The similarities in the log K values calculated for Li, Rb, and Na, and the relatively large uncertainties associated with them lead us to propose that reasonable estimates of the adsorption behavior of monovalent cations can be obtained by using a single averaged value for the stability constant for all monovalent cation-bacterial

–  –  –

monovalent metal adsorption onto Site 2 of B. subtilis is 1.9 ± 0.3.

The Li- and Rb-Site 2 stability constants are small relative to those of divalent and trivalent metals, consistent with our observations of less extensive monovalent metal adsorption compared with that of higher charged cations. For example, using the same modeling approach applied here and the same reaction stoichiometrics, Gorman-Lewis et al. (2005) report a log stability constant value of 6.2 ± 0.3 for the binding of the uranyl cation (UC^24) to Site 2 of B. subtilis. Similarly, Borrok et al. (2007) calculate Site 2 log stability constant values of 3.3 for Ni and 4.7 for Pb. Although these constants are large relative to those we calculate for monovalent cations in this study, monovalent cations are often present in natural systems and in laboratory experiments at concentrations that are orders of magnitude greater than those of the higher-charged cations of interest. Thus, monovalent cations may be able to compete effectively for adsorption onto bacterial surface functional groups in these experiments.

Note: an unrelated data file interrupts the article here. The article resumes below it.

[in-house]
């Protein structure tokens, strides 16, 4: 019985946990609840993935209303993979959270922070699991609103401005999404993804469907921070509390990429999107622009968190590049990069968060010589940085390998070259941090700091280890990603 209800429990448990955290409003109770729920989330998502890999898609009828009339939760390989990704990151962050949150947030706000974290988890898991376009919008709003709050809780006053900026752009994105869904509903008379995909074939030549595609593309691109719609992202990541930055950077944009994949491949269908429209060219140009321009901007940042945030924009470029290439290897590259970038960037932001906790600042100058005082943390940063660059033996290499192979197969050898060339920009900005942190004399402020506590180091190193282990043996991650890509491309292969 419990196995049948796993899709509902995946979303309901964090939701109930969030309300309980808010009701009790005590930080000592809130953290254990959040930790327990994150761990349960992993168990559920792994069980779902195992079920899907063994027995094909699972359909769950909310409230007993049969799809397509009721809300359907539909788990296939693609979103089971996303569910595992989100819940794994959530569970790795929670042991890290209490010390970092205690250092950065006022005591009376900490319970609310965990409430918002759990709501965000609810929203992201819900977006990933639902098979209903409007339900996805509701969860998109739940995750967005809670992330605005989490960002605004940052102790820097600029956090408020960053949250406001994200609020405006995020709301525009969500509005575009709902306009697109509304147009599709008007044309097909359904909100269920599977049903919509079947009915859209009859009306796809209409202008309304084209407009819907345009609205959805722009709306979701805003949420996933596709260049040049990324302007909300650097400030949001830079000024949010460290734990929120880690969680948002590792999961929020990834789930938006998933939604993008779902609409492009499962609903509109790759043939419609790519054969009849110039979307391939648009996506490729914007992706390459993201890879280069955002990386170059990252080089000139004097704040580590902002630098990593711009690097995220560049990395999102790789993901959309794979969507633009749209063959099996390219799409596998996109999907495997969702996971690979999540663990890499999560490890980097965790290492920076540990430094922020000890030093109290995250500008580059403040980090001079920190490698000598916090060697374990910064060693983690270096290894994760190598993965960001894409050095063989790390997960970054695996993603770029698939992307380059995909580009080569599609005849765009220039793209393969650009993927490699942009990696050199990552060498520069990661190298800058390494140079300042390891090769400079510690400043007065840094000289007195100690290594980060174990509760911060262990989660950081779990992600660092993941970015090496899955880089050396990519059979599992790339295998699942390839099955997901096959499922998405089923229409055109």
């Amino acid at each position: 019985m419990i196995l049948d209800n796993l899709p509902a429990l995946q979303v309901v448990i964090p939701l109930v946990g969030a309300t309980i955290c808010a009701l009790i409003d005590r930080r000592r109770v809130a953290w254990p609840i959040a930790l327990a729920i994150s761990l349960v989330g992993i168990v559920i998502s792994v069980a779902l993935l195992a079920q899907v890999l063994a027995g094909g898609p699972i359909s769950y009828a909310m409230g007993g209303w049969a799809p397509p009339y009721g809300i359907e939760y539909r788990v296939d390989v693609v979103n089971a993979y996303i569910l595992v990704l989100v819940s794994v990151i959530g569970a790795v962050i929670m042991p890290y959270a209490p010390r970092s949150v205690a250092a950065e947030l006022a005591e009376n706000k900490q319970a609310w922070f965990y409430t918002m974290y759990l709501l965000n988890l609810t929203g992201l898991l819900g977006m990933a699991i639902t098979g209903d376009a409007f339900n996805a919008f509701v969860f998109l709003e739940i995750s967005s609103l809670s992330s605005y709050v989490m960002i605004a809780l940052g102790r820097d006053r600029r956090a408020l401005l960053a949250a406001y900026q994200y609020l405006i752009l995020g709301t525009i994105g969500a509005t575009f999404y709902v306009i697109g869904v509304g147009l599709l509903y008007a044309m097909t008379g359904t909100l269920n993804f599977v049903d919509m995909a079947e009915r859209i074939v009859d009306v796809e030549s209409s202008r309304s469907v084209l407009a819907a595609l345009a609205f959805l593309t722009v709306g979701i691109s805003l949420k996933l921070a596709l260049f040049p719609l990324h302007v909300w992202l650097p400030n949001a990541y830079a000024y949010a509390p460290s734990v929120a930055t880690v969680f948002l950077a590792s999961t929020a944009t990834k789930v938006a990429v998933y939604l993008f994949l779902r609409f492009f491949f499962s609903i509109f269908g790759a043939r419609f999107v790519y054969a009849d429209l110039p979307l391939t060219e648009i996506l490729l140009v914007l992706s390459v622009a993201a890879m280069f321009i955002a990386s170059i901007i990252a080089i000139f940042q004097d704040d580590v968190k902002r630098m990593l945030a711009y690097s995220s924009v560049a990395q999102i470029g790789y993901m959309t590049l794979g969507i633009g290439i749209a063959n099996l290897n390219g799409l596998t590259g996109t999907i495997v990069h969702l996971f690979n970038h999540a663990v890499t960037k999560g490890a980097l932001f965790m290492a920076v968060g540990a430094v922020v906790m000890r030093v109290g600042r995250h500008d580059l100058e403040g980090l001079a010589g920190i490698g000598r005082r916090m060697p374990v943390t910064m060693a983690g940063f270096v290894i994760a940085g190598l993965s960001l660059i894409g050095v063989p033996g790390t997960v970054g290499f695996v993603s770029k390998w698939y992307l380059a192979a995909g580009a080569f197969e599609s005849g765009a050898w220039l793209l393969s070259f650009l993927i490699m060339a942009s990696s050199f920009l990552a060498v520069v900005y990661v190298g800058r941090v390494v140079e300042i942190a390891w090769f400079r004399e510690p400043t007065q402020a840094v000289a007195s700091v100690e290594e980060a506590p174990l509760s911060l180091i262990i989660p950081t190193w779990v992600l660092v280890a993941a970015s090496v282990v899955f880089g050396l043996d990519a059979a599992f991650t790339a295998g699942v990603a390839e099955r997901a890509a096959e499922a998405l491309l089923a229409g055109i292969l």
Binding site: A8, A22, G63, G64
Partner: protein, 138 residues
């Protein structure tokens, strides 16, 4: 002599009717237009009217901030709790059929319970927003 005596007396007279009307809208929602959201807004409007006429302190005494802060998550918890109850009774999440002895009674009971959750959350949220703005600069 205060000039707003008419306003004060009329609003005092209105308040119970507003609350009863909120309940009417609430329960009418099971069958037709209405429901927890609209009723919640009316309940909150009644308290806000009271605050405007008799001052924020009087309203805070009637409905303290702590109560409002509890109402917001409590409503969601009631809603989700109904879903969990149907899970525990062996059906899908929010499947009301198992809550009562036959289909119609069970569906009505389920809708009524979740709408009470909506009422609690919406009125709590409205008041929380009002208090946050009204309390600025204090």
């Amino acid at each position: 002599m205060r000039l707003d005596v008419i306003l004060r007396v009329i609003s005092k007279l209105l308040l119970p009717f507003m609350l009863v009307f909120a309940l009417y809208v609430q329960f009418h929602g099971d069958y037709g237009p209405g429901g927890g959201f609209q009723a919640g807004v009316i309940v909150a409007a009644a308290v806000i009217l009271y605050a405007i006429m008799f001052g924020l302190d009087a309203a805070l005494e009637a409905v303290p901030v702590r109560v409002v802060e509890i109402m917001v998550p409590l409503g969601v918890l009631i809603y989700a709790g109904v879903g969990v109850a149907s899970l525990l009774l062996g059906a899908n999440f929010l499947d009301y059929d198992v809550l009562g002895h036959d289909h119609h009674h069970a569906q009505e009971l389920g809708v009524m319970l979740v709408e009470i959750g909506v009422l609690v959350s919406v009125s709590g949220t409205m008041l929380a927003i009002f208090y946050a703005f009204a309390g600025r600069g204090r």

2.4.3 Monovalent cation competition with Cd Most experiments that have measured metal adsorption onto bacteria have been conducted using a monovalent electrolyte that is present at concentrations up to several orders of magnitude greater than that of the adsorbing metal of interest. Under these conditions, monovalent cations can compete effectively for surface sites. If metal adsorption in these studies is modeled using a non-electrostatic approach and if the competition by monovalent cations is not accounted for in the thermodynamic calculations, then the calculated stability constants for the metal-bacterial surface complexes would need to be corrected. We determine the magnitude of this correction for Cd-bacterial surface complexes, using Cd-J5. subtilis adsorption data from pHdependent adsorption experiments reported in this study (Figure 2.3A) and from isotherm adsorption data reported in Mishra et al. (2008) as examples. The data of Mishra et al. (2008), shown in Figure 2.4, were selected because they are isotherm experiments conducted as a function of Cd concentration at pH 5.9, so all of the Cd adsorption in these experiments can be attributed to Cd-Site 2 binding. The experiments in Mishra et al. (2008) were conducted with 10 g l"1 bacteria suspended in a 0.1 M NaClC4 electrolyte at afixedpH of 5.9 ± 0.2. Initial Cd solution concentrations in the TO U 20 Total Cd in System (ppm) Figure 2.4: Cd adsorption to 10 g l"1 B. subtilis cells in 0.1 M NaC104 electrolyte at pH